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Why Dallas Woolfolk needed to walk away from Ole Miss’ baseball team, and why the process of finding himself again isn’t as dark as it used to be

On the final day of Major League Baseball’s First-Year Player Draft, Dallas Woolfolk was grinding through another workout, part of a routine that’s become a necessity.

But he kept his phone close just in case.

A number Woolfolk didn’t recognize called in the middle of it, but he answered knowing the opportunity that might be on the other end. An area scout with the Oakland Athletics had a question for him.

“He was like, ‘Hey, would you sign for so and so?’ I was like, ‘Yeah, I’ll take it,’” Woolfolk said. “I just wanted the opportunity.”

The A’s provided it, drafting Woolfolk in the 13th round. He joined other draftees last week at the team’s spring training facility in Arizona awaiting his first professional assignment, which will most likely come with the Vermont Lake Monsters, the club’s Class A short-season affiliate.

“It was probably one of the happiest moments of my life because I didn’t really care about the money or where I went,” said Woolfolk, who signed for $50,000. “I just wanted the opportunity and a door to be opened.”

The euphoric moment came less than a month after a decision that would’ve seemed inconceivable for Woolfolk a year earlier. Woolfolk said he didn’t hear from any teams until getting the call shortly before he was drafted with many of them cooling on him once Ole Miss’ former closer left the team in early May, a decision Woolfolk hasn’t discussed publicly in detail until now.

“Basically my heart and mind wasn’t right. I wasn’t able to see the light in the day,” Woolfolk said in an exclusive interview with the EAGLE. “I was basically in a whirlpool of darkness. Just a lot of anxiety. I couldn’t go about my day with a focus or anything.”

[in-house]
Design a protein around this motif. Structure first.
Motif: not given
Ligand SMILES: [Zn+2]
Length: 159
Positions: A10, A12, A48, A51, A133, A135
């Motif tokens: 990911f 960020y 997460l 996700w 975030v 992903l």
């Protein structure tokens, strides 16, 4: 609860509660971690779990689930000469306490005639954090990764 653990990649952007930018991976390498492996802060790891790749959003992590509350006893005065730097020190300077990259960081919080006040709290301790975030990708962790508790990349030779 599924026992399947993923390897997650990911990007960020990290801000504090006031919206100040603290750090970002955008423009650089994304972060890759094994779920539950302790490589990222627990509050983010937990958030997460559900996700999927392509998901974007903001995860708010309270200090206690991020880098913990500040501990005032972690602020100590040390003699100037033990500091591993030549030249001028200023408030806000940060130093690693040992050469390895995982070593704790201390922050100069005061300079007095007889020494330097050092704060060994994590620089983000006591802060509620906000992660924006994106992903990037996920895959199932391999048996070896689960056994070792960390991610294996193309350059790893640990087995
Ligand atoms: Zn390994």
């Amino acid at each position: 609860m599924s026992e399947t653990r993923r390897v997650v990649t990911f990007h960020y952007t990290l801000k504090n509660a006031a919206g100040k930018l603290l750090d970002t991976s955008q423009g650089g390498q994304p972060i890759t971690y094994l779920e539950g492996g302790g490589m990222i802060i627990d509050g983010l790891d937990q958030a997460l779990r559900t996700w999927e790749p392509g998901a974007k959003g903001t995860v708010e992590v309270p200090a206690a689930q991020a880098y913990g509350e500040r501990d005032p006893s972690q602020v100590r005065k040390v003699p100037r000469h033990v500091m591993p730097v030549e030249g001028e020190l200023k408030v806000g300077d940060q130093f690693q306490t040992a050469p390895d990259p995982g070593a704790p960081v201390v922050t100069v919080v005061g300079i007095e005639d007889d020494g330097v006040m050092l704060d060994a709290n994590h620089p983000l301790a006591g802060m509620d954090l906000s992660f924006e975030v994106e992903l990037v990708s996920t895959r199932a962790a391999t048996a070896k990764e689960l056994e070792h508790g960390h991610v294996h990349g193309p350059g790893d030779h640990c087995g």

With a mid-90s fastball highlighting his repertoire, Woolfolk earned preseason All-America honors entering the season after recording 12 saves as a sophomore, the second-most in program history. But the expectations that came with the breakout season triggered the anxiety he’s dealt with for years.

“If you don’t treat something small, it will lead to bigger things,” Woolfolk said, “and that’s what kind of happened throughout the season.”

Woolfolk also let his weight balloon to more than 250 pounds, the heaviest he’d been in his career. His mechanics suffered, and that power fastball that helped him rack up 41 strikeouts in 37 ⅔ innings the previous season became a shell of its former self, though Woolfolk said the dip in velocity was more a byproduct of the immense mental pressure he put on himself with each uncharacteristic outing.

Woolfolk allowed 18 hits in 14 ⅓ innings as opponents hit .310 against the right-hander — a drastic jump from the .200 average he held hitters to the previous season. He lost the closer role to Parker Caracci by the start of the SEC schedule and made just five appearances in league play, failing to record an out in two of them.